Te Paea Selby-Rickit silenced any potential critics about her shooting accuracy, remaining on 100 per cent at half-time and only missing two shots in the whole game, despite often shooting from range. With Noeline Taurua as assistant coach, the Tactix probably never really felt they were going to lose. Erikana Pedersen came on at wing attack after half-time and spurred on the Tactix to a deadly championship quarter. While both teams were heavily penalised, the Tactix managed to gain momentum in the third quarter, limiting the Steel to just seven goals. 

Wholesale changes in the fourth quarter for Steel gave them a chance to claw the score back, but the Tactix had their tails up after smashing the third quarter and the Steel ran out of time to make a comeback. Te Huinga Selby-Rickit moved back to goal keeper for the Steel with Abbey Erwood coming on in goal defence. At the other end, McCollin went into goal shooter and Georgia Heffernan slotted into goal attack, meaning there were two pairs of netball sisters on court during the final 12. For the Tactix, Bird’s shooting percentage started to dip, most likely due to the style of the physical Te Huinga Selby-Rickit. A held ball on the centre pass for the Steel added insult to injury and allowed the Tactix to pull away further. Unforced errors started to creep in for both teams, possibly due to fatigue setting in – something we may see a little more of with teams playing two games per weekend. There were also several attacking contacts from both goal shooters and Bird in particular got frustrated by the Steel defenders and ended up with two attacking contacts in a row. 

Tactix were ferocious, however both teams showed amazing vision, athleticism and slick play proving they are no worse for the break. As the Tactix started to relax in the final period, the Steel managed to notch up five in a row in what looked like the beginning of a comeback. However it was too little too late after their disappointing third quarter. After drawing the first half, the second half was 23-16 to the Tactix, meaning the final score was 43-36. The Tactix side were able to get early depth on the centre pass and have multiple options to ball, with Bird on a strong hold in the circle and Selby-Rickit setting up the attack end with ease. Both teams ended up fairly even across the board when it comes to penalties and turnovers, but the Tactix were able to pick up seven intercepts to the Steel’s two, and the large majority of rebounds to boot.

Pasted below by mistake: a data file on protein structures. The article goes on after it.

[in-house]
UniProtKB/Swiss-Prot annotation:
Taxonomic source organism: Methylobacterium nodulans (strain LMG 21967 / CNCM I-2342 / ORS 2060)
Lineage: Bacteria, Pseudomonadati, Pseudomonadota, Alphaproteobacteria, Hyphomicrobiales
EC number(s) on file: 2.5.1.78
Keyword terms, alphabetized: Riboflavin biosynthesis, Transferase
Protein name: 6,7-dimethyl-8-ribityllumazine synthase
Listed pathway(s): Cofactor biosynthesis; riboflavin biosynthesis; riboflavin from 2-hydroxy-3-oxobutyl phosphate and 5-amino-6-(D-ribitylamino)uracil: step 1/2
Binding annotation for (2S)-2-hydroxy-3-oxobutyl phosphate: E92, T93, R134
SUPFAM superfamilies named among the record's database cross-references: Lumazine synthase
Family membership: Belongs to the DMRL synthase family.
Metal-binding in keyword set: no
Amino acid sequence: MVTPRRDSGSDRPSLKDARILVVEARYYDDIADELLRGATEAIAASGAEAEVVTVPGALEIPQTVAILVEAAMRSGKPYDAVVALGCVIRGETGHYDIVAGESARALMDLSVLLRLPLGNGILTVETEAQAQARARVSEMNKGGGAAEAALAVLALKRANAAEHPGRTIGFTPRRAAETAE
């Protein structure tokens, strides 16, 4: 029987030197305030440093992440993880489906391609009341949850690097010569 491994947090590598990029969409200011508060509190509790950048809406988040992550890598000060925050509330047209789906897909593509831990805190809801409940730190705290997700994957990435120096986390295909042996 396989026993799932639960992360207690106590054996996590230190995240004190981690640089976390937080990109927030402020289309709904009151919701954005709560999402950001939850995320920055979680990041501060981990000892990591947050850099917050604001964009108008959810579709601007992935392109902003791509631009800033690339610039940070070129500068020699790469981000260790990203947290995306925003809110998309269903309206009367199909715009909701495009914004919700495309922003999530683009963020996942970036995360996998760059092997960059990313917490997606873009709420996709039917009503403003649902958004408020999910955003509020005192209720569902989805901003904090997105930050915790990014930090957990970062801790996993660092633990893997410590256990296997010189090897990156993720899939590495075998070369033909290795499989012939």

The Tactix will have to maintain their enthusiasm and tenacity when they come up against the Stars on Monday, and the Steel can have another chance to notch up their first win of the season against the Mystics next weekend.

>>> FULL MATCH STATISTICS

>>> TACTIX TEAM PAGE

>>> STEEL TEAM PAGE

STARTING SEVENS:

MAINLAND TACTIX

GS: Ellie Bird
GA: Te Paea Selby-Rickit
WA: Samon Nathan
C: Kimiora Poi
WD: Charlotte Elley
GD: Jane Watson
GK: Temalisi Fakahokotau

SOUTHERN STEEL

GS: Jennifer O’Connell
GA: Kalifa McCollin
WA: Gina Crampton
C: Shannon Saunders
WD: Kate Heffernan
GD: Te Huinga Selby-Rickit
GK: Taneisha Fifita

Netball fantasy teams: VNSL Roses v. VNSL International All Stars

FOLLOWING the huge success of the thrilling Diamonds vs All Stars Bushfire Relief game in March, it got us thinking about another hypothetical exhibition match, with international Vitality Netball Superleague (VNSL) players facing up to the top England Roses squad members who are currently plying their trade in the UK.

VNSL Roses:

GK: Razia Quashie (Saracens Mavericks)
GD: Fran Williams (Wasps Netball)
WD: Laura Malcolm (Manchester Thunder)
C: Jade Clarke (Wasps Netball)
WA: Gabby Marshall (Saracens Mavericks)
GA: Ellie Cardwell (Manchester Thunder)
GS: George Fisher (Saracens Mavericks)

BENCH: Sophie Drakeford-Lewis (Team Bath), Nat Panagarry (Loughborough Lightning), Jodie Gibson (Saracens Mavericks)

This Roses fantasy squad has a huge amount of experience and depth across all areas of the court. In the 2020 Netball Nations Cup, we saw the emergence of a new England shooting partnership between Ellie Cardwell and George Fisher – nicknamed “Fishwell”. Whilst Cardwell is usually seen wearing the goal shooter bib, in goal attack she opened up the shooting circle nicely for Fisher and can sink a sweet long bomb herself. This partnership would certainly give any defensive lineup a lot of headaches, especially given Fisher’s clever footwork and shooting accuracy. Sophie Drakeford-Lewis also plays more of the traditional goal attack role with her speed and strong drives and could provide another look for the shooting end. Whilst Drakeford-Lewis is at the beginning of her international career, she would be well supported in this lineup. She is likely to become a key option for England in the future – especially given she can also move into wing attack if needed, much like a versatile Nat Haythornthwaite or Kiera Austin.